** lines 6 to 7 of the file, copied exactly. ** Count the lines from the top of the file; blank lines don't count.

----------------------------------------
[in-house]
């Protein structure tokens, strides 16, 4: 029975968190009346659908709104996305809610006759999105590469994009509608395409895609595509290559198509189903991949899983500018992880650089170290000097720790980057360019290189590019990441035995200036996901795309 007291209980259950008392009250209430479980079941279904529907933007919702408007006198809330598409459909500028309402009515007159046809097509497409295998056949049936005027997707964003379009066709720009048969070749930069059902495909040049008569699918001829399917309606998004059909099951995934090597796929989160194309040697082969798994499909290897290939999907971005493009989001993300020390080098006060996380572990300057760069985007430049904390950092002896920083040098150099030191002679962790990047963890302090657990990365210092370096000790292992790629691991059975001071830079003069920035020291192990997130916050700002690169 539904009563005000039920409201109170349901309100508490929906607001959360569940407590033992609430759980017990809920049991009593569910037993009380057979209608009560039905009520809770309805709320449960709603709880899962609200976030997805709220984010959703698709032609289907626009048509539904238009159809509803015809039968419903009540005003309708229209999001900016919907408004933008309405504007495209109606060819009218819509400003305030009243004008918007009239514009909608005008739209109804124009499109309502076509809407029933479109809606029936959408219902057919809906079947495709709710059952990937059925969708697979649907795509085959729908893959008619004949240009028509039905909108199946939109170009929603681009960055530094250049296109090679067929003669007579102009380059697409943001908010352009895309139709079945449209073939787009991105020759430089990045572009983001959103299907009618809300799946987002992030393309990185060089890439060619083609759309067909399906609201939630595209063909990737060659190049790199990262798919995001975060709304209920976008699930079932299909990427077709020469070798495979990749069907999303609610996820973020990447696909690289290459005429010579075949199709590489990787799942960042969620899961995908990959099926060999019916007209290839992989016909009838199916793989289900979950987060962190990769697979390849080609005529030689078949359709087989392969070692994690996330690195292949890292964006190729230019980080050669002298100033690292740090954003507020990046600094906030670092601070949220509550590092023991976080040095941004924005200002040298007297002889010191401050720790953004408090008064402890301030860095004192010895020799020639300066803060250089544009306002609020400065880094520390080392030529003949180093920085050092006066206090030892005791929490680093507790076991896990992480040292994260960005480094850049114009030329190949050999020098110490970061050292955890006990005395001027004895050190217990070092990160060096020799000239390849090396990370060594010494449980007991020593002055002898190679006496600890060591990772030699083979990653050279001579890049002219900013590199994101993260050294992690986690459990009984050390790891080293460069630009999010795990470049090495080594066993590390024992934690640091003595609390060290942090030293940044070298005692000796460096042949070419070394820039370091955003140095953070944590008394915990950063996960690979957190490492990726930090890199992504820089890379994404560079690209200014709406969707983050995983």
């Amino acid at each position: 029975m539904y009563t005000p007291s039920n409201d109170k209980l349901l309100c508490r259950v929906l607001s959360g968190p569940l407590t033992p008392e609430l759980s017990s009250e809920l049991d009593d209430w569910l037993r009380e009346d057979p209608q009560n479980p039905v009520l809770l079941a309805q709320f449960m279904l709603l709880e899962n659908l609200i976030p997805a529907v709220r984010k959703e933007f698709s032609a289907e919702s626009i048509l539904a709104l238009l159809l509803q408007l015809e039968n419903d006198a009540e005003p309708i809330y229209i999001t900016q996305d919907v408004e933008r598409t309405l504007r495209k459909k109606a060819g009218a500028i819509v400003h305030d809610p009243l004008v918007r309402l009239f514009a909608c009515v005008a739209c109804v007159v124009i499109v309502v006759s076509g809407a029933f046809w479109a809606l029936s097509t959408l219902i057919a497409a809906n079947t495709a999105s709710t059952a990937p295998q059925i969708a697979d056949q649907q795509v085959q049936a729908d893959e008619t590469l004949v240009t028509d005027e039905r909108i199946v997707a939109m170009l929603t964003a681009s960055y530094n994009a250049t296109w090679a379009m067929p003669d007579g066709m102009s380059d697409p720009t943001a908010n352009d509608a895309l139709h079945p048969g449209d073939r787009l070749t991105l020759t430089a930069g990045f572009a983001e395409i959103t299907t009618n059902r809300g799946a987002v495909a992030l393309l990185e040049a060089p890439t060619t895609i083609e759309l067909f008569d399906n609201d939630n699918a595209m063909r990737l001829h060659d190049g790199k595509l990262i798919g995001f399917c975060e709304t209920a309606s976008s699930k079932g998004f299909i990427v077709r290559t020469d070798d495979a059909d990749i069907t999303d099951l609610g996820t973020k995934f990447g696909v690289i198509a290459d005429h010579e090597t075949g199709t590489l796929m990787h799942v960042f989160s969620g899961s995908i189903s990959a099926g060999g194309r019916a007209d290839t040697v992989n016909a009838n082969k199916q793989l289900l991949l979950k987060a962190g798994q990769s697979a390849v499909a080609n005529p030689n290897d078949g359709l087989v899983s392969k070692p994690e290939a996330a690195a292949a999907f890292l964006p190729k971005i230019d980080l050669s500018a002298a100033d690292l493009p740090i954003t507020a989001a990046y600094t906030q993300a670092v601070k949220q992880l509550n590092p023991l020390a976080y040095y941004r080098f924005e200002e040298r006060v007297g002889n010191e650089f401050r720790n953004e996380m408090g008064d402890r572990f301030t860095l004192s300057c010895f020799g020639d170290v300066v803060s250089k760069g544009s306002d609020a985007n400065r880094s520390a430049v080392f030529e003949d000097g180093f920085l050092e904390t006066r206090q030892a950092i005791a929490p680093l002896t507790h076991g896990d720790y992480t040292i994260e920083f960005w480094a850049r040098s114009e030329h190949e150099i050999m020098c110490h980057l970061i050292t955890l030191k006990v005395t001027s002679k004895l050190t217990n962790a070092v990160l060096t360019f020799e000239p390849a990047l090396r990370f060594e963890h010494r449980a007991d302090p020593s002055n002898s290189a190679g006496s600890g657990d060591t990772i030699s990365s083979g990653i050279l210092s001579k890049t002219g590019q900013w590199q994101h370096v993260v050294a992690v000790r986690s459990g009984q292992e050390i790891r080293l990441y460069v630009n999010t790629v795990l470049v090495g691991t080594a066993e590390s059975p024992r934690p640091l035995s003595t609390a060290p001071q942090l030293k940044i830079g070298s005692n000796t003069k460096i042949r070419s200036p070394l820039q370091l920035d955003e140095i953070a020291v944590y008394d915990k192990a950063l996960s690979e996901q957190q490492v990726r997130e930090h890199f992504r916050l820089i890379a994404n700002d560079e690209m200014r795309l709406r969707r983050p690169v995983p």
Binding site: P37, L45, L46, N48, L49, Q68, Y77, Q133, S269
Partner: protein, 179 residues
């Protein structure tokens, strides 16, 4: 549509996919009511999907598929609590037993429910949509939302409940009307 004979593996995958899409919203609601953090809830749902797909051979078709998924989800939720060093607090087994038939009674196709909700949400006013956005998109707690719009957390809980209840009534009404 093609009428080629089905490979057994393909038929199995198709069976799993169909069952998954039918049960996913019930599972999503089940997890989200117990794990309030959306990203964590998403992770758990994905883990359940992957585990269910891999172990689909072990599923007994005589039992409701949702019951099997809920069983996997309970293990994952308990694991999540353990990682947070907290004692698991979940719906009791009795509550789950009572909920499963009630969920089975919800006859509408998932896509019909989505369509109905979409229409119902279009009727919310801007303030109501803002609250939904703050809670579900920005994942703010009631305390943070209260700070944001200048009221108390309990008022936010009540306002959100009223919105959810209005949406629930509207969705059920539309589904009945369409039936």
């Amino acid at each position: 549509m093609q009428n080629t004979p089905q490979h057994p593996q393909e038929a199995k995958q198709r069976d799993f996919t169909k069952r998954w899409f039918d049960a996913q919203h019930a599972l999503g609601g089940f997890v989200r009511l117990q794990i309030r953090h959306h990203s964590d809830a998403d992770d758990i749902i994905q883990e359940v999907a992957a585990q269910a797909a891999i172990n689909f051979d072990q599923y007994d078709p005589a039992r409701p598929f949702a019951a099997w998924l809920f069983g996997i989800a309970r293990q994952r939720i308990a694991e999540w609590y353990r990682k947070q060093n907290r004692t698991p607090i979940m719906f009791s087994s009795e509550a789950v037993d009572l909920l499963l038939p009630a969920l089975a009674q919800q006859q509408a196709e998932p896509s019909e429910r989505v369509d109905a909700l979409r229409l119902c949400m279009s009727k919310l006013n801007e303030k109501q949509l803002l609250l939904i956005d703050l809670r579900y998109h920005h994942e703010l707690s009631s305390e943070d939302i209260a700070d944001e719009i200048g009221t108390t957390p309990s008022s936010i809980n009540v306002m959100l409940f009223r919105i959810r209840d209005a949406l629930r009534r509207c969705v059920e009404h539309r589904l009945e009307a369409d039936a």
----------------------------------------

């Protein structure tokens, strides 16, 4: 549509996919009511999907598929609590037993429910949509939302409940009307 004979593996995958899409919203609601953090809830749902797909051979078709998924989800939720060093607090087994038939009674196709909700949400006013956005998109707690719009957390809980209840009534009404 093609009428080629089905490979057994393909038929199995198709069976799993169909069952998954039918049960996913019930599972999503089940997890989200117990794990309030959306990203964590998403992770758990994905883990359940992957585990269910891999172990689909072990599923007994005589039992409701949702019951099997809920069983996997309970293990994952308990694991999540353990990682947070907290004692698991979940719906009791009795509550789950009572909920499963009630969920089975919800006859509408998932896509019909989505369509109905979409229409119902279009009727919310801007303030109501803002609250939904703050809670579900920005994942703010009631305390943070209260700070944001200048009221108390309990008022936010009540306002959100009223919105959810209005949406629930509207969705059920539309589904009945369409039936």
């Amino acid at each position: 549509m093609q009428n080629t004979p089905q490979h057994p593996q393909e038929a199995k995958q198709r069976d799993f996919t169909k069952r998954w899409f039918d049960a996913q919203h019930a599972l999503g609601g089940f997890v989200r009511l117990q794990i309030r953090h959306h990203s964590d809830a998403d992770d758990i749902i994905q883990e359940v999907a992957a585990q269910a797909a891999i172990n689909f051979d072990q599923y007994d078709p005589a039992r409701p598929f949702a019951a099997w998924l809920f069983g996997i989800a309970r293990q994952r939720i308990a694991e999540w609590y353990r990682k947070q060093n907290r004692t698991p607090i979940m719906f009791s087994s009795e509550a789950v037993d009572l909920l499963l038939p009630a969920l089975a009674q919800q006859q509408a196709e998932p896509s019909e429910r989505v369509d109905a909700l979409r229409l119902c949400m279009s009727k919310l006013n801007e303030k109501q949509l803002l609250l939904i956005d703050l809670r579900y998109h920005h994942e703010l707690s009631s305390e943070d939302i209260a700070d944001e719009i200048g009221t108390t957390p309990s008022s936010i809980n009540v306002m959100l409940f009223r919105i959810r209840d209005a949406l629930r009534r509207c969705v059920e009404h539309r589904l009945e009307a369409d039936a």